The Coffee Shop Tour to discover what we want
Debilyn Molineaux serves as the catalyst for the American Future project to help everyday Americans discover and believe in a future that will be "worth it" to work together for the sake of our nation.
Do you know what you want for your future? Often people spend most of their attention on what they don’t want, leaving little room for thinking about their own future. Alternatively, many folks spend time imagining their past, with longing for that “better” or “easier” time. All this thinking and imagining about what we don’t want or about our past impacts our current mental health; not in a good way.
As we (the everyday people) have arrived at this moment of multi-crises, everyone is feeling the impact. The information we feed our brain is as critical to good health as the food we feed our body. The information fed into our brains daily includes:
- Trauma and cruelty witnessed via news reports and social media
- Obsession about a certain former president
- Fractured relationships over dystopian options presented by conflict profiteers
- Social media feeds fueled by outrage
All of this information listed above is received in our lizard/survival brain -- that part of ourselves that is charged with ongoing survival. When in survival mode, rational thinking is not possible. We see everything in black and white, right and wrong. These impulses are good for physical survival; and lead to symptoms of chronic illness and ongoing stress when we stay in survival mode too long. The only way to engage in critical thinking is to be vigilant about what information we allow ourselves to be exposed to - and discern when we are being influenced to think we are in survival mode, but are not.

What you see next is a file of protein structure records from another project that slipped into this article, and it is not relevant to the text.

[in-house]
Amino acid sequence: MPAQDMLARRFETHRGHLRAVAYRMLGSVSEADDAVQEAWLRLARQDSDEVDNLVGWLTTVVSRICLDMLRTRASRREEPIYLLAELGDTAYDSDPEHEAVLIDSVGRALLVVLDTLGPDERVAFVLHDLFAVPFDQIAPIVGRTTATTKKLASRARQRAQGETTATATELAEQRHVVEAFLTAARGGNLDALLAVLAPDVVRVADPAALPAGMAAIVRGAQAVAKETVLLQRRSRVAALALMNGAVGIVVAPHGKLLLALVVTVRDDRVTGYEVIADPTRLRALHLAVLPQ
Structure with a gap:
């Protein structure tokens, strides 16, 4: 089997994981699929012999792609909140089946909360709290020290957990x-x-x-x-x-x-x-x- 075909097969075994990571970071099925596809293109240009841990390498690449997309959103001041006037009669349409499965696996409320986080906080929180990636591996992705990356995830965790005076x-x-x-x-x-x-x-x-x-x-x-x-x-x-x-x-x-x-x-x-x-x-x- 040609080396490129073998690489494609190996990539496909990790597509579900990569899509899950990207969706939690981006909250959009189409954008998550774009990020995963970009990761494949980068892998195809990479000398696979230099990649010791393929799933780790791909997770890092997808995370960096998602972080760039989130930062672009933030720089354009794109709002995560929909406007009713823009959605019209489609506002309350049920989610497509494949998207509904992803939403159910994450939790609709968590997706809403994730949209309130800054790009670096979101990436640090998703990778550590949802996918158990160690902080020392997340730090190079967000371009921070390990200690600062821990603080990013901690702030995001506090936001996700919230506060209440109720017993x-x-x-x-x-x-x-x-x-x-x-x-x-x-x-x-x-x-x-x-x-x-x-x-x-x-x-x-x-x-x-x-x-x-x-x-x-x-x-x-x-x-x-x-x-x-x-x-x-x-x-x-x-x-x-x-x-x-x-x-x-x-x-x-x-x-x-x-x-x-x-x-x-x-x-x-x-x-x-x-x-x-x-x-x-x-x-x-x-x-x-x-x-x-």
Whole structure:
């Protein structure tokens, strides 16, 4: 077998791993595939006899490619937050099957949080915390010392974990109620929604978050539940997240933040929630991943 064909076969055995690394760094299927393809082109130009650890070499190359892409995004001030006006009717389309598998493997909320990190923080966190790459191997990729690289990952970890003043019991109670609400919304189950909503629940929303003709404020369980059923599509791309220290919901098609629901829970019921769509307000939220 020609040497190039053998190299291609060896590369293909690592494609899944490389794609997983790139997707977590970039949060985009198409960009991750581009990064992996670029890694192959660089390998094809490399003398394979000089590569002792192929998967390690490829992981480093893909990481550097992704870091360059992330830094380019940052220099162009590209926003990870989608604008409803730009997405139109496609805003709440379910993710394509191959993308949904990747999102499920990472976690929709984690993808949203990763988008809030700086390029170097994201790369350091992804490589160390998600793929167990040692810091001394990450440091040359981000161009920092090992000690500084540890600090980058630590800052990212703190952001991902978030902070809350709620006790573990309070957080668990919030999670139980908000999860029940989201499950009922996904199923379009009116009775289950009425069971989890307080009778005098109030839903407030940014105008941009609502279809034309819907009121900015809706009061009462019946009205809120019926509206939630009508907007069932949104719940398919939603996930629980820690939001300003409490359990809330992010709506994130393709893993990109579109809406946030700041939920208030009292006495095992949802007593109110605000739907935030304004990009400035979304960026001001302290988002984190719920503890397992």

Here are a few things you can do for better mental health:
- Read news instead of watching videos.
- Let the legal system handle the former president. Stay open-minded.
- Reach out to friends and family and tell them you miss them. Make plans together. Agree to NOT talk about politics for a while.
- Spend little to no time on social media -- at the very least, curate your content feed to things that help you feel connected to others.
Over the next couple of months, I’ll be interviewing people in coffee shops across the United States. In preparation, I’ve interviewed about a dozen friends to explore the best way to start a conversation about our future. Here are a few things I’ve learned already -- and it’s good news.
Common themes emerged in these interviews.
First is the deep longing for connection with those nearby. It took different forms; close-knit neighbors raising kids with family nearby, an intentional community or a retirement setting.
Second was a connection to nature and access to more space. This took the form of living in a small town, in the suburbs or on a family farm.
The third emergent theme was the ability to control one’s life. Several of my friends are retired and in the forefront of their minds was consideration of their ability to make decisions for themselves into the future. Younger friends expressed concerns about economics as being helpful or unhelpful in making life-changing decisions.
What will emerge from my upcoming national tour? Stay tuned.